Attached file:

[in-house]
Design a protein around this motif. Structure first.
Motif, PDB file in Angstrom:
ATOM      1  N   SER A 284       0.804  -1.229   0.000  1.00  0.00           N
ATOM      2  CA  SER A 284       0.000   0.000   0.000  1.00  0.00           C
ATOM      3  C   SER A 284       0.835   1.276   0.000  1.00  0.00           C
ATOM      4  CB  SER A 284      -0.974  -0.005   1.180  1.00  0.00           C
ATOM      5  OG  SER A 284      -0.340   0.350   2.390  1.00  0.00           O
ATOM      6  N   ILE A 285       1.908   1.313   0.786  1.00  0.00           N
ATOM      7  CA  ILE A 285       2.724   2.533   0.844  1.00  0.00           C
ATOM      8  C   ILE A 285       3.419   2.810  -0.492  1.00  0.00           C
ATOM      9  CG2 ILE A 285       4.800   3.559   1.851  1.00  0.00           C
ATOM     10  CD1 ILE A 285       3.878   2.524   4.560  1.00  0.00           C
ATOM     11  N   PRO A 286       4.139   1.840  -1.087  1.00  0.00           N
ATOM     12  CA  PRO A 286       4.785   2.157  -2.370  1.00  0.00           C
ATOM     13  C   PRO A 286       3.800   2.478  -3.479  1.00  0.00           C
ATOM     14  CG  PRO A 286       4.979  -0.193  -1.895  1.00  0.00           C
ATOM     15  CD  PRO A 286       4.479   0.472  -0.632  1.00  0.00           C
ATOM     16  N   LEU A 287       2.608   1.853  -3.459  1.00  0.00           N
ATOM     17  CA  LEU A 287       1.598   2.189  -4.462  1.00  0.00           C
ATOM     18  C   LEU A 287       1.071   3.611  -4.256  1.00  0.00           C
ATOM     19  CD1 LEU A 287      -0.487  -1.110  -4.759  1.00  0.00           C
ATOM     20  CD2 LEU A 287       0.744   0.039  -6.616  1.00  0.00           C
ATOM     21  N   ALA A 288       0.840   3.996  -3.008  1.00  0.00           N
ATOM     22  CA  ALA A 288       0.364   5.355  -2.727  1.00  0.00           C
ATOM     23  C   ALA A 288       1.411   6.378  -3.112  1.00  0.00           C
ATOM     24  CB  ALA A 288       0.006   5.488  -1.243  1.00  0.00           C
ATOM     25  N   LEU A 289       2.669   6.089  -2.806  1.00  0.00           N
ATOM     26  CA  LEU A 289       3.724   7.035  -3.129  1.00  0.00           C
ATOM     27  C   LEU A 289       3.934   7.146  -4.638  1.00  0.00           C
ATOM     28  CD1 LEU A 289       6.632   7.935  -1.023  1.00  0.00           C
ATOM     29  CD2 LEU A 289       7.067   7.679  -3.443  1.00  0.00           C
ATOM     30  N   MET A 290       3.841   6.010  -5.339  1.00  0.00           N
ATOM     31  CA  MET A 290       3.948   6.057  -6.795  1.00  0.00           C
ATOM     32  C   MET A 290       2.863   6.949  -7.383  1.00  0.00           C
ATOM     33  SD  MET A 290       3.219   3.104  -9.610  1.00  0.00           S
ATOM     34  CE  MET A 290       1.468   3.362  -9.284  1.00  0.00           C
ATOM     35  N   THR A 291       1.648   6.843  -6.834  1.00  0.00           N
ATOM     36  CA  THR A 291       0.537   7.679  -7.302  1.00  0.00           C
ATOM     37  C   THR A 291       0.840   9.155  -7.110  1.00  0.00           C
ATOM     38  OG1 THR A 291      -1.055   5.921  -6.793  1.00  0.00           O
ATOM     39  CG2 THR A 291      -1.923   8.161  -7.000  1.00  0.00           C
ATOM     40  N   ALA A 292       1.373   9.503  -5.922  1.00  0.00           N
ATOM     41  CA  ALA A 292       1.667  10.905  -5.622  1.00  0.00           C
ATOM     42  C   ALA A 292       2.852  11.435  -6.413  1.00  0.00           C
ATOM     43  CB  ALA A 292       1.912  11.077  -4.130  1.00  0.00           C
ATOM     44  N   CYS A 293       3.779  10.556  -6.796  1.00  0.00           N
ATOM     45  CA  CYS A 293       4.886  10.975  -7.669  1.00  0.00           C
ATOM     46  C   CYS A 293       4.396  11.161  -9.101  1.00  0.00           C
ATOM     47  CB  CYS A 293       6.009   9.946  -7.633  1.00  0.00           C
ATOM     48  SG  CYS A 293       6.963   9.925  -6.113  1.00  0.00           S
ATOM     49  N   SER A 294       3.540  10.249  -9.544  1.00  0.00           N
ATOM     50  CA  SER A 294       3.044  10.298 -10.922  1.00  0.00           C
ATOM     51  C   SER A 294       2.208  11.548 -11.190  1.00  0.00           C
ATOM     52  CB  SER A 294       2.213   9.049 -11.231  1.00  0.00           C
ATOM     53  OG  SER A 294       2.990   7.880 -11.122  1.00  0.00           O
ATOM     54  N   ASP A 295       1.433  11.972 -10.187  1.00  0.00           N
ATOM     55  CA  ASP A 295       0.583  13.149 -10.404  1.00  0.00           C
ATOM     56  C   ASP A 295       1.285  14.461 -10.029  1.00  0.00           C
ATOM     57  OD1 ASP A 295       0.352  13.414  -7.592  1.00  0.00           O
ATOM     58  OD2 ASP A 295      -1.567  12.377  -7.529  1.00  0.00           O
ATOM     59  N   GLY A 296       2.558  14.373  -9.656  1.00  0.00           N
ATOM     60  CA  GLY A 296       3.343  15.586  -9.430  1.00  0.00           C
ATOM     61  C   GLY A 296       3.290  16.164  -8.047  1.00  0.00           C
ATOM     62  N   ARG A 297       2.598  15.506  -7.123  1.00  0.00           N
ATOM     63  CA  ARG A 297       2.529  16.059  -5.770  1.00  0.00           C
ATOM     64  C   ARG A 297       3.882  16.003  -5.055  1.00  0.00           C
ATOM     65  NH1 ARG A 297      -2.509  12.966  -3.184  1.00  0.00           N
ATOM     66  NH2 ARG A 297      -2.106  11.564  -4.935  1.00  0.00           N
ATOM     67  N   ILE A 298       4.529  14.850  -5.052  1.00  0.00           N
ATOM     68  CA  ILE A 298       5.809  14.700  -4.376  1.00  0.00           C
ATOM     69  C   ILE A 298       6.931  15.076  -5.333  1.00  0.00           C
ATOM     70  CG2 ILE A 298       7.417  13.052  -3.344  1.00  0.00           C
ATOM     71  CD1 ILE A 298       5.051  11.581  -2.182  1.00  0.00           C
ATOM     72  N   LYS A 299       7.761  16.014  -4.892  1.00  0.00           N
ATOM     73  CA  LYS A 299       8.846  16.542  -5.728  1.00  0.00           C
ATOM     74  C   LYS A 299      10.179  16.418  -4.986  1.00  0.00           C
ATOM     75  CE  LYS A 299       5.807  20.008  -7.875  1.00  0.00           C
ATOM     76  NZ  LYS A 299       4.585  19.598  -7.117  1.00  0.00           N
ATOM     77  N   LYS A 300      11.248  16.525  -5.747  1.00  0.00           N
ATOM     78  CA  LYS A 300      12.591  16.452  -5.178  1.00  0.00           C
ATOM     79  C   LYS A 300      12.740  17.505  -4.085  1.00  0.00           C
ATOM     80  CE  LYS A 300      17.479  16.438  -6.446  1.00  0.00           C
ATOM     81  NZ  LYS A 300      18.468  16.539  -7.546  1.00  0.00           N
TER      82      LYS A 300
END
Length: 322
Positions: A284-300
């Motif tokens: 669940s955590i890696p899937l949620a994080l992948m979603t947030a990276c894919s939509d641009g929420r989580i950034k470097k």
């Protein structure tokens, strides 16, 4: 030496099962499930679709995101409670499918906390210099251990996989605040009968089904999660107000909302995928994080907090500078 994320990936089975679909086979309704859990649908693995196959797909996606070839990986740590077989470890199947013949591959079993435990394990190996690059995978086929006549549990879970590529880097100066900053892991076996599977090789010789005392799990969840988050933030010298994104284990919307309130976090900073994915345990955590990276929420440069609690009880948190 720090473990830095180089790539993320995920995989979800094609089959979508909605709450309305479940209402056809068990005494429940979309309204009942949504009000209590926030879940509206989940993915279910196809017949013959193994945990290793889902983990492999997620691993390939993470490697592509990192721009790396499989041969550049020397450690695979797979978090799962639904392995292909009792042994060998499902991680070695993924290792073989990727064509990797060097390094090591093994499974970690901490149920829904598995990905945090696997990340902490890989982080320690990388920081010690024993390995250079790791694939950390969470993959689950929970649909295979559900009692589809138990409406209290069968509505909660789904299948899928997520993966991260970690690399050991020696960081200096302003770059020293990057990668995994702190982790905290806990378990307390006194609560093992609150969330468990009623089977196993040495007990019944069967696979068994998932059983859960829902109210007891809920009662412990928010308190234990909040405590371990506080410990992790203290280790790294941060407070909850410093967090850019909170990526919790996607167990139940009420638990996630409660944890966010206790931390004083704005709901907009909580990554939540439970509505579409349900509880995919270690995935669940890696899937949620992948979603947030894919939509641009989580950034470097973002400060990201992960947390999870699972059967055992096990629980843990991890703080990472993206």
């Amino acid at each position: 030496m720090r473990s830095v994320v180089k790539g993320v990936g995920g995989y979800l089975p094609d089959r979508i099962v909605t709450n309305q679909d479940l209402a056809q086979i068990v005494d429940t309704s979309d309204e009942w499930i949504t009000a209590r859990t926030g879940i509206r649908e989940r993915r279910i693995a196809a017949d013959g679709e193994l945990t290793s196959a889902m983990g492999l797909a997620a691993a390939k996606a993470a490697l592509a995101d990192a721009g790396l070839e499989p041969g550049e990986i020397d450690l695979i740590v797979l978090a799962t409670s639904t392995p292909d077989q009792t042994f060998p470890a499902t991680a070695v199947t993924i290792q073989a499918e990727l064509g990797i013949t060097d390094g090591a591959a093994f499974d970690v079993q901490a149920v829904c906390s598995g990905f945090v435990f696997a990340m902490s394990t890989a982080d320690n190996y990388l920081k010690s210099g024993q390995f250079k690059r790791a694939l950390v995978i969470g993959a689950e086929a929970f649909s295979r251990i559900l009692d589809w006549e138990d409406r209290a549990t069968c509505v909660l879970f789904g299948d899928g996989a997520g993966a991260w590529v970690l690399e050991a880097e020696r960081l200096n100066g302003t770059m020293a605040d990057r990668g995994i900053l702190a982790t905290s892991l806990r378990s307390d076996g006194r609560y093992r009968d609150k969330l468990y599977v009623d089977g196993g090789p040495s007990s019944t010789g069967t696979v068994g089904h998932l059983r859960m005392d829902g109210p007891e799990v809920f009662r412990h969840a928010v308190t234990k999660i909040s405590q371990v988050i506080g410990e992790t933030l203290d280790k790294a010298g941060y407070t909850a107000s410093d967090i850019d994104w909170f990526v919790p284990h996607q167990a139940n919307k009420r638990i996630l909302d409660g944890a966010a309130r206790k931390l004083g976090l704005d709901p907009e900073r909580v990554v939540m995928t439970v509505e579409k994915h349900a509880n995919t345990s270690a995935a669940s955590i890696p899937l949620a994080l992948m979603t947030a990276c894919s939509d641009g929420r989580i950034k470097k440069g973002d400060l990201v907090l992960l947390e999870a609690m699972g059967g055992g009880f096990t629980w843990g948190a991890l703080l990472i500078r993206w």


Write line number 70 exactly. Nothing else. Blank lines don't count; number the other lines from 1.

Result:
ATOM     67  N   ILE A 298       4.529  14.850  -5.052  1.00  0.00           N